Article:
By Tracey Robbins, Head of UK Programme Delivery. Tracey oversees the work of Eden Project Communities across the four nations and is herself passionate about communities, informal networks, interconnectedness, and reducing loneliness. Follow her on Twitter!
“In his or her own way, everyone I saw before me looked happy. Whether they were really happy or just looked it, I couldn't tell. But they did look happy on this pleasant early afternoon in late September, and because of that I felt a kind of loneliness new to me, as if I were the only one here who was not truly part of the scene.” ― Haruki Murakami, Norwegian Wood
For so many of us, regardless of the number of our years, September is a time of transition, a time of new beginnings, a time of change. That is true this year more than ever, as we now collectively experience a period of significant change – of monarchy, governance and in the face of a growing cost of living and environmental crises. It is an unsettling time in many ways, but (as my mum would say) "as one door closes, another opens..."
As does the usual pressure to seize the moment and do as much as possible before the clocks turn back in October - so we can be ready for the winter.
For so many these are lonely and challenging times. From our youngest to oldest, within our families and communities, loneliness and feelings of isolation will be present. So many lose the comfort of friends and family, neighbours known for years, in the unfamiliar face of September:
- The child that has started a new class, has a new teacher and their friends are grown and changed;
- The teacher that welcomes a whole new class, with a new set of personalities and challenges in front of them;
- The parent at the school gates - regardless of being an ‘older’ or ‘younger’ parent - does not know the others gathered there;
- The student who begins their life away from home, sharing a space with others unknown;
- And the loneliness of those who remain behind - in the quieter homes and halls;
- The neighbours and communities watching their transient tenants come and go with the academic year;
- The employee who has started a new job.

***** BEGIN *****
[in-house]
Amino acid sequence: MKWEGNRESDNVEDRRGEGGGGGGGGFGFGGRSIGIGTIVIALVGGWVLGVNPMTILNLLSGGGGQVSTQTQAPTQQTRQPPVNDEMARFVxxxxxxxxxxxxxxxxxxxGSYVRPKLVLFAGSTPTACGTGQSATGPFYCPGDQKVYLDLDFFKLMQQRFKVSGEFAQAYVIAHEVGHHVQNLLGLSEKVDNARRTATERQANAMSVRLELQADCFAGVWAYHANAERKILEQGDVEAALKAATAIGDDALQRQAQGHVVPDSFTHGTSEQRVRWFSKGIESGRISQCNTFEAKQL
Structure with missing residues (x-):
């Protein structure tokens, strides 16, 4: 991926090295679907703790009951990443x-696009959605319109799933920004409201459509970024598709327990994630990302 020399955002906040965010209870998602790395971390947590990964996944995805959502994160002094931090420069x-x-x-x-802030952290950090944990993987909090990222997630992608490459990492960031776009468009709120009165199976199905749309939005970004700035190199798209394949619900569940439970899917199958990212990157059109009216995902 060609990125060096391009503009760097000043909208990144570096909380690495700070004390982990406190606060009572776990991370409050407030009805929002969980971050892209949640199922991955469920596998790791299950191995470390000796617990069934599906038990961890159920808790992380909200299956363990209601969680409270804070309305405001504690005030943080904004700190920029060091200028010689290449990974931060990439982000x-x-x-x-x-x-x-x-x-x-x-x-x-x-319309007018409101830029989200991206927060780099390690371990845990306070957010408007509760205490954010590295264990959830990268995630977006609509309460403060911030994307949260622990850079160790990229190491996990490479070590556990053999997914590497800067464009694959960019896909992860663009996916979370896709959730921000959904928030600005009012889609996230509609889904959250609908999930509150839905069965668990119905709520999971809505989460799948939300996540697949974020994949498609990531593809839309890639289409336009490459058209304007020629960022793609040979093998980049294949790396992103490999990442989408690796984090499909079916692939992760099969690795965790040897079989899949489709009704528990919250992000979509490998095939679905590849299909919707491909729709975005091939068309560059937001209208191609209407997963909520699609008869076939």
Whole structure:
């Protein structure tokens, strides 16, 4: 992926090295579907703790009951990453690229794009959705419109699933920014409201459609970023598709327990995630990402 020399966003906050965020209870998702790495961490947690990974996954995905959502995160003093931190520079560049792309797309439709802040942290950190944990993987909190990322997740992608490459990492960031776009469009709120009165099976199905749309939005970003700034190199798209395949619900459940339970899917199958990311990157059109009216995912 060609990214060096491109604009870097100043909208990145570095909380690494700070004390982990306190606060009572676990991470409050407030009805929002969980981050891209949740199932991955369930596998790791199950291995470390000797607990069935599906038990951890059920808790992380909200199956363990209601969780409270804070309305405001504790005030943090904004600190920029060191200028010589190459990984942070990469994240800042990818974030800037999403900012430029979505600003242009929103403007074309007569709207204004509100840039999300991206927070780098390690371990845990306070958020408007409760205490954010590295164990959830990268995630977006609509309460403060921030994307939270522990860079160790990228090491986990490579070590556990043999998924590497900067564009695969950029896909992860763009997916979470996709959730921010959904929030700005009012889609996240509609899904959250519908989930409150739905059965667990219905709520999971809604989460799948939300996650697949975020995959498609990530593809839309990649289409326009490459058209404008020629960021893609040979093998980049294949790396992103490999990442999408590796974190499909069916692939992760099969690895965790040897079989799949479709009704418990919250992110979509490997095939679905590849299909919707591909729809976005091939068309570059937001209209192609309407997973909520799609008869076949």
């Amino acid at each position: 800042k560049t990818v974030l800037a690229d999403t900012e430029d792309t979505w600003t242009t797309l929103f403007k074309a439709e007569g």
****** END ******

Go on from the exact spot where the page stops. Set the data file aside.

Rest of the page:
Yet these are all new beginnings and opportunities to make new relationships and develop friendships. As hard and as awkward as it can be, we need to reach out and connect and smile. For others, not part of this scene, no school gate to gather at, no school in which to learn, no neighbour to natter to, what does September bring for them? A reminder they are not a part of it, those who may be single, in care, unemployed, retired.
Lonely people are often excluded from the opportunities many people take for granted. The realities of the cost of living increases will leave many feeling isolated and alone. They don’t have access to new opportunities, to meeting new and different people in ordinary everyday situations, and yet it is from these that people develop new relationships, experiences, insights, interests, hobbies and, hopefully, new friendships. Loneliness is not inevitable nor is it predictable, you do not have to be older or alone to qualify for it. We all qualify and we all will experience it within our life at different stages and for different reasons.
This month, take care of yourself and others. Look out for and talk about loneliness, and try three things to reduce loneliness in your community - whether your own or someone else’s.
Tracey's Top Tips for reducing loneliness
- Smile and say hello, even when it’s hard
- Make every contact and conversation count
- Look out for opportunities to meet people and cultivate new friendships and social interactions
Need some more inspiration? Here’s some examples of how people are tackling isolation in their communities...
- Ann Osborn is tackling isolation in rural Suffolk, bringing people together with coffee and a caravan: read more here.
- Junior Mtonga utilised disused commercial spaces in urban London, bringing his community together through a pop-up shop: read more here.
- Christina Ashworth battled the isolation caused by social stigma around crime, alcoholism, and mental health, by reclaiming common spaces: read more here.